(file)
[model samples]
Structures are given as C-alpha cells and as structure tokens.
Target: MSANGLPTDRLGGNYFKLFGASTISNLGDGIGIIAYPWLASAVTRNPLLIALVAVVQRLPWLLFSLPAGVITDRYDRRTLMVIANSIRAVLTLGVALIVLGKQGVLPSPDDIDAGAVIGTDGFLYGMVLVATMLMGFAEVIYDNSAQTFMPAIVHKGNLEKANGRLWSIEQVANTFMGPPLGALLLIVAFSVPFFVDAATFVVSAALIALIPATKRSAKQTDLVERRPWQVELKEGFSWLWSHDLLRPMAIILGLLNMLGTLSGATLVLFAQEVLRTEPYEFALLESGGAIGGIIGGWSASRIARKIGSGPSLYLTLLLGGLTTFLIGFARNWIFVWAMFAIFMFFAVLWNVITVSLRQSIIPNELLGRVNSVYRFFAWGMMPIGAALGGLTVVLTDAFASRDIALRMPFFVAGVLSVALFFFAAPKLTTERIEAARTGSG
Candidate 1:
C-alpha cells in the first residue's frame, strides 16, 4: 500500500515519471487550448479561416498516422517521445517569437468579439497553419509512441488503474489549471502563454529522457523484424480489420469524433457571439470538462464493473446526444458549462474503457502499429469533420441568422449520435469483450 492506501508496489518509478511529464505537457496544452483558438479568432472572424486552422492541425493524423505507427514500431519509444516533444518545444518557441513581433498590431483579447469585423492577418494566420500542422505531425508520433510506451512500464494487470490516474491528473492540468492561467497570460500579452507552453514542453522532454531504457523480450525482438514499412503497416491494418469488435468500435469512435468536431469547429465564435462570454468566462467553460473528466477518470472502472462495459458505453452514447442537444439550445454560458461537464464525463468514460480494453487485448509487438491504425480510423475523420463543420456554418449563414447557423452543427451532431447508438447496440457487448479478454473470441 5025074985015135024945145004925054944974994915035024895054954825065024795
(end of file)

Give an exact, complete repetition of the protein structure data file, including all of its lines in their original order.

[model samples]
Structures are given as C-alpha cells and as structure tokens.
Target: MSANGLPTDRLGGNYFKLFGASTISNLGDGIGIIAYPWLASAVTRNPLLIALVAVVQRLPWLLFSLPAGVITDRYDRRTLMVIANSIRAVLTLGVALIVLGKQGVLPSPDDIDAGAVIGTDGFLYGMVLVATMLMGFAEVIYDNSAQTFMPAIVHKGNLEKANGRLWSIEQVANTFMGPPLGALLLIVAFSVPFFVDAATFVVSAALIALIPATKRSAKQTDLVERRPWQVELKEGFSWLWSHDLLRPMAIILGLLNMLGTLSGATLVLFAQEVLRTEPYEFALLESGGAIGGIIGGWSASRIARKIGSGPSLYLTLLLGGLTTFLIGFARNWIFVWAMFAIFMFFAVLWNVITVSLRQSIIPNELLGRVNSVYRFFAWGMMPIGAALGGLTVVLTDAFASRDIALRMPFFVAGVLSVALFFFAAPKLTTERIEAARTGSG
Candidate 1:
C-alpha cells in the first residue's frame, strides 16, 4: 500500500515519471487550448479561416498516422517521445517569437468579439497553419509512441488503474489549471502563454529522457523484424480489420469524433457571439470538462464493473446526444458549462474503457502499429469533420441568422449520435469483450 492506501508496489518509478511529464505537457496544452483558438479568432472572424486552422492541425493524423505507427514500431519509444516533444518545444518557441513581433498590431483579447469585423492577418494566420500542422505531425508520433510506451512500464494487470490516474491528473492540468492561467497570460500579452507552453514542453522532454531504457523480450525482438514499412503497416491494418469488435468500435469512435468536431469547429465564435462570454468566462467553460473528466477518470472502472462495459458505453452514447442537444439550445454560458461537464464525463468514460480494453487485448509487438491504425480510423475523420463543420456554418449563414447557423452543427451532431447508438447496440457487448479478454473470441 5025074985015135024945145004925054944974994915035024895054954825065024795